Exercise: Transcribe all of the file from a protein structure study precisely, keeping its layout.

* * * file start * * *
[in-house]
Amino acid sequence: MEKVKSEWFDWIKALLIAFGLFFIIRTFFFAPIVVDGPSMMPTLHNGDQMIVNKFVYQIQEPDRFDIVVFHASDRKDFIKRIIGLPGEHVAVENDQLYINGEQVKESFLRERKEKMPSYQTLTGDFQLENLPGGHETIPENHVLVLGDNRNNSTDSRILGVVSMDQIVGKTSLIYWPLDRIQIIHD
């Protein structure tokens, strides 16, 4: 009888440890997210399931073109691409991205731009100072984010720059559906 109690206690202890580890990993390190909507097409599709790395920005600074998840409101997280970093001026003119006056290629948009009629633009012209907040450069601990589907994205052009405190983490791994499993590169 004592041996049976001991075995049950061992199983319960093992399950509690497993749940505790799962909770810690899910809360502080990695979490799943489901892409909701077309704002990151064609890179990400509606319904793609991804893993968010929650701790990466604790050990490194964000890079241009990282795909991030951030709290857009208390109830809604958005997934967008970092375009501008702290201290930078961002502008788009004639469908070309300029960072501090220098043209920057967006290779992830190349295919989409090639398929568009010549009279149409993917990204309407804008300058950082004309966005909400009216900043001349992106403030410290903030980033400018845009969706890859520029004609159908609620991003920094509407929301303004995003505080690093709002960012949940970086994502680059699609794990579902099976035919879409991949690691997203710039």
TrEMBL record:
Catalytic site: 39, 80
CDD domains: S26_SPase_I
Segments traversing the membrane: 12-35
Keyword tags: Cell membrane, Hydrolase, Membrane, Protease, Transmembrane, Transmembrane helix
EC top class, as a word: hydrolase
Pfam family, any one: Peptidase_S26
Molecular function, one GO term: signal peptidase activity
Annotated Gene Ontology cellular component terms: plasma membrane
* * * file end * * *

[in-house]
Amino acid sequence: MEKVKSEWFDWIKALLIAFGLFFIIRTFFFAPIVVDGPSMMPTLHNGDQMIVNKFVYQIQEPDRFDIVVFHASDRKDFIKRIIGLPGEHVAVENDQLYINGEQVKESFLRERKEKMPSYQTLTGDFQLENLPGGHETIPENHVLVLGDNRNNSTDSRILGVVSMDQIVGKTSLIYWPLDRIQIIHD
């Protein structure tokens, strides 16, 4: 009888440890997210399931073109691409991205731009100072984010720059559906 109690206690202890580890990993390190909507097409599709790395920005600074998840409101997280970093001026003119006056290629948009009629633009012209907040450069601990589907994205052009405190983490791994499993590169 004592041996049976001991075995049950061992199983319960093992399950509690497993749940505790799962909770810690899910809360502080990695979490799943489901892409909701077309704002990151064609890179990400509606319904793609991804893993968010929650701790990466604790050990490194964000890079241009990282795909991030951030709290857009208390109830809604958005997934967008970092375009501008702290201290930078961002502008788009004639469908070309300029960072501090220098043209920057967006290779992830190349295919989409090639398929568009010549009279149409993917990204309407804008300058950082004309966005909400009216900043001349992106403030410290903030980033400018845009969706890859520029004609159908609620991003920094509407929301303004995003505080690093709002960012949940970086994502680059699609794990579902099976035919879409991949690691997203710039």
TrEMBL record:
Catalytic site: 39, 80
CDD domains: S26_SPase_I
Segments traversing the membrane: 12-35
Keyword tags: Cell membrane, Hydrolase, Membrane, Protease, Transmembrane, Transmembrane helix
EC top class, as a word: hydrolase
Pfam family, any one: Peptidase_S26
Molecular function, one GO term: signal peptidase activity
Annotated Gene Ontology cellular component terms: plasma membrane